That’s a good question.
Think of the coupling dt as a window size. Currently this window size is fixed (but we might make it adaptive in the future). There is probably no perfect recipe on how to choose the window size. The trade-off you explain is valid.
Inside a window, both solvers can use their own timestep sizes until they reach the end of the window. In an implicit coupling loop, they can also use different timestep sizes in each iteration.
- Window size 1.0.
- The fluid solver does 2 timesteps of 0.5, the structure solver 1 timestep of 1.0.
- We don’t converge and the adaptive timestep criterion of the fluid solvers suggests smaller steps.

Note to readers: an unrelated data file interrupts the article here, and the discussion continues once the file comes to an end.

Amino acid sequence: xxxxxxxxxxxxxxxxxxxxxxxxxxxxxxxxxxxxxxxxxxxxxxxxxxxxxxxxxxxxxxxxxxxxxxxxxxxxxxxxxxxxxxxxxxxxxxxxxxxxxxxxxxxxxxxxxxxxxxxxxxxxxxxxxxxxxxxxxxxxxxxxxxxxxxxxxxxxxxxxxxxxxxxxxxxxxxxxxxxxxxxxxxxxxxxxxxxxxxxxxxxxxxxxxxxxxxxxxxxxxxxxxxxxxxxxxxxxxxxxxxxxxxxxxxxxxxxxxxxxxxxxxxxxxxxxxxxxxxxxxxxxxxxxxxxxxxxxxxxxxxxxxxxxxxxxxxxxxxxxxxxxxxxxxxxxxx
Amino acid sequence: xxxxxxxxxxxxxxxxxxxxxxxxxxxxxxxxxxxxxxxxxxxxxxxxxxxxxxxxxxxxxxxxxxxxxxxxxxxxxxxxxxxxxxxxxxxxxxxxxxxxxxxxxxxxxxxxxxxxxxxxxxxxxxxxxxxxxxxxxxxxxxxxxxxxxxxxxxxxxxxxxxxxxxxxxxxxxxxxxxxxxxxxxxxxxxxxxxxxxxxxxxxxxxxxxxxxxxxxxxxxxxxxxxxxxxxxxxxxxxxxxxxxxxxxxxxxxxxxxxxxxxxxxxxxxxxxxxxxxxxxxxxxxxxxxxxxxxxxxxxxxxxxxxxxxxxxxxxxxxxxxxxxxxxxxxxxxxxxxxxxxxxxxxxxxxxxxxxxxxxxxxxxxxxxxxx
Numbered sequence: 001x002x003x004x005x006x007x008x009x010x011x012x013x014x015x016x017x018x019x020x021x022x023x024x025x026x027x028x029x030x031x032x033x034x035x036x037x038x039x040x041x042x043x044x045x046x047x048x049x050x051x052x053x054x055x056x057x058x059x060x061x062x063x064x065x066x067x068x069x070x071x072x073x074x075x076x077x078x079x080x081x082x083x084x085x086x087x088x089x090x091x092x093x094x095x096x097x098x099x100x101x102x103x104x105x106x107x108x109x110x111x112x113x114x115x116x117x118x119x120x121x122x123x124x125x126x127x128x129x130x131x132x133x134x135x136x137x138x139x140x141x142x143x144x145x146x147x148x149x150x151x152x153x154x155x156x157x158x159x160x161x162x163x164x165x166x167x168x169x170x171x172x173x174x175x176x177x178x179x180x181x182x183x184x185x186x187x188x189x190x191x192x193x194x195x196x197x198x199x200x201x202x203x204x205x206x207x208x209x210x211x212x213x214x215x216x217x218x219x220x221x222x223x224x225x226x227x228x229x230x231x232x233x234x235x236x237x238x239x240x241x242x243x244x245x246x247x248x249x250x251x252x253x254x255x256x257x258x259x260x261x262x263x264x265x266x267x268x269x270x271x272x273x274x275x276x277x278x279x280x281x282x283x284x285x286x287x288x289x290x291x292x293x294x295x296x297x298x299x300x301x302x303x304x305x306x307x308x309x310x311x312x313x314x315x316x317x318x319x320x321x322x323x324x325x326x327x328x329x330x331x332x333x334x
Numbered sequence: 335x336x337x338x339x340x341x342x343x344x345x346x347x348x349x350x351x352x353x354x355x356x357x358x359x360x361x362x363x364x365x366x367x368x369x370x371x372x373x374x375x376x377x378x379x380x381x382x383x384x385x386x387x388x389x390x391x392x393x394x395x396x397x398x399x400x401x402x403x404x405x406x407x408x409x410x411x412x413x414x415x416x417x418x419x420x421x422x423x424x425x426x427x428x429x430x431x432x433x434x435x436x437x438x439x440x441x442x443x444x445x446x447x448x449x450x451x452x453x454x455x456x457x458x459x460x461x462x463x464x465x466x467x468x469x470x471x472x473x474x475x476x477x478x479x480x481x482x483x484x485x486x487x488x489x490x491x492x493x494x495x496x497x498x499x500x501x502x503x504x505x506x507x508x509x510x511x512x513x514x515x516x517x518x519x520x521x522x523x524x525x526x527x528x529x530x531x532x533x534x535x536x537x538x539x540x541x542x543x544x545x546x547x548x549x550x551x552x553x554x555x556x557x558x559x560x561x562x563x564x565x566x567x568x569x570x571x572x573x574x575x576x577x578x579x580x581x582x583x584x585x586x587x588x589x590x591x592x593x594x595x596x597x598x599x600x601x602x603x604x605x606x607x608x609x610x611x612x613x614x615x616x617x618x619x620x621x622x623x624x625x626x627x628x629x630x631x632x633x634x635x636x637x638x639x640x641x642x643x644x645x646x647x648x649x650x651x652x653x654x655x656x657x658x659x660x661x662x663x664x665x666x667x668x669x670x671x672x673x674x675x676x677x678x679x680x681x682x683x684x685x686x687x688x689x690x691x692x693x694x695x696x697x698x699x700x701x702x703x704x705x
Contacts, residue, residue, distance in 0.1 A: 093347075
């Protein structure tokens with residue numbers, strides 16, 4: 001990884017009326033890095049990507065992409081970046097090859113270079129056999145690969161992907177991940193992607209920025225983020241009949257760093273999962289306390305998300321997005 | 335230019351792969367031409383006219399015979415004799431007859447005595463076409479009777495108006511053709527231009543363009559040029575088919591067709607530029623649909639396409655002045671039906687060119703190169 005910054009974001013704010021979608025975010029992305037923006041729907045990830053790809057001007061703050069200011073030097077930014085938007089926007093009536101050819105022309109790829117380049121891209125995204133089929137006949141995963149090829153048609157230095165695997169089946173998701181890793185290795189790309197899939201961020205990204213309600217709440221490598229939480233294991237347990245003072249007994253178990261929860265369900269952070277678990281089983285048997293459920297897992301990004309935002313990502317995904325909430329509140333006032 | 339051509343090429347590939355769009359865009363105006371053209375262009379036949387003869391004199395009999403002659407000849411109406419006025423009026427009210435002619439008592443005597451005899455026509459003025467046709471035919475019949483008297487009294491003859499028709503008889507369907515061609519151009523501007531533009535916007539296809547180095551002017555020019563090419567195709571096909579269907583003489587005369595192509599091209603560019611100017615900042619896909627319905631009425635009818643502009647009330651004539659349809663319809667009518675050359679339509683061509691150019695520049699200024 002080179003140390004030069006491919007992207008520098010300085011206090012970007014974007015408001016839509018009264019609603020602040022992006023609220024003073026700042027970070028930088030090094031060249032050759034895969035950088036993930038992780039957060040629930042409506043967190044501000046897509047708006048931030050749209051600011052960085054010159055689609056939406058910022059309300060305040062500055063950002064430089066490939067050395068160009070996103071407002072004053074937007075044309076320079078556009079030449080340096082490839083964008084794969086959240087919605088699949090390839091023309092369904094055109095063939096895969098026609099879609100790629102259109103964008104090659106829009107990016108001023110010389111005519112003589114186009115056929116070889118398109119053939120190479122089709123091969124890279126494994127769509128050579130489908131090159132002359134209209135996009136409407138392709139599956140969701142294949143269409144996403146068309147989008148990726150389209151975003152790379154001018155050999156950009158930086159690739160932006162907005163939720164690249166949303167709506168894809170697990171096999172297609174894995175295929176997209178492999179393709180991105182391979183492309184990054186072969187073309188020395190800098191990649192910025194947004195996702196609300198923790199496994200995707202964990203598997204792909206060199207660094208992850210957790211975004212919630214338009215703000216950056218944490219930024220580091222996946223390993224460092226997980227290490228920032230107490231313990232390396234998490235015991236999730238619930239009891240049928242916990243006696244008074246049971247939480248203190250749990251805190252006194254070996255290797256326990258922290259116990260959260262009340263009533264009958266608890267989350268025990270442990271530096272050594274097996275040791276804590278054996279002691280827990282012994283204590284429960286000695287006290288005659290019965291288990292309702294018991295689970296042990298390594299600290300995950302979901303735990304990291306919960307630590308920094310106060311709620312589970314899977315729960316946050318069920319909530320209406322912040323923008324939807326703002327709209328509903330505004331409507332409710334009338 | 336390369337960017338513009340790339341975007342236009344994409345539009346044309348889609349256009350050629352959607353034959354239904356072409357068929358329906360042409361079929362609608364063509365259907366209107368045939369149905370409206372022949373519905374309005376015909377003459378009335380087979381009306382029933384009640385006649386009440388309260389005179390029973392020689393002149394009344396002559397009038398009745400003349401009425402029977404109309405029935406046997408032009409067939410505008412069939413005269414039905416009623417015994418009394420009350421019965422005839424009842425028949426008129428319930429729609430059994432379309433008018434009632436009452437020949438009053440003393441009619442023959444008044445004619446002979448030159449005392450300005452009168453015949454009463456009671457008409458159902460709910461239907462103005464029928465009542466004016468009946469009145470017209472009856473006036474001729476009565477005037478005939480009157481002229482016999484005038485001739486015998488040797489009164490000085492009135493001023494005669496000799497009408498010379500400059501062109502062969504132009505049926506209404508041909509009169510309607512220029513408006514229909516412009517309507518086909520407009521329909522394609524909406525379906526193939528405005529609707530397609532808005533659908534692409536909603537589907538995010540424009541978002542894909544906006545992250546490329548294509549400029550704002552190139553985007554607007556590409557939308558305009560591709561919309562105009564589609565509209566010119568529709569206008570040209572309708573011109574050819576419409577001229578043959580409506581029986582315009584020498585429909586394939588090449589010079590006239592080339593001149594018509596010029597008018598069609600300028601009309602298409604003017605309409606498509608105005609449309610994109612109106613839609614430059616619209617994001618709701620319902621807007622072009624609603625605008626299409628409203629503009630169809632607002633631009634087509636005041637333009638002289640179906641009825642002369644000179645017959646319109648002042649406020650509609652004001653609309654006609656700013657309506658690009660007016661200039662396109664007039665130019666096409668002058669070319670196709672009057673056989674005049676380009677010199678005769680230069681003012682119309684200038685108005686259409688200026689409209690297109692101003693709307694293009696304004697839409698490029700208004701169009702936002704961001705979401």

- In the next iteration we do 4 timestep in the fluid solver of 0.25 and again 1 timestep in the structure solver.
All this is already supported by preCICE right now. This wiki page gives more information on the configuration. The current limitation is that for such a subcyling within one timestep, we currently use a constant extrapolation, which deteriorates the order of both solvers typically to one and which might also introduces stability problems. We are working on a general interpolation scheme, see e.g. this paper. Rough estimate would be that we have this working in preCICE at the end of 2020.
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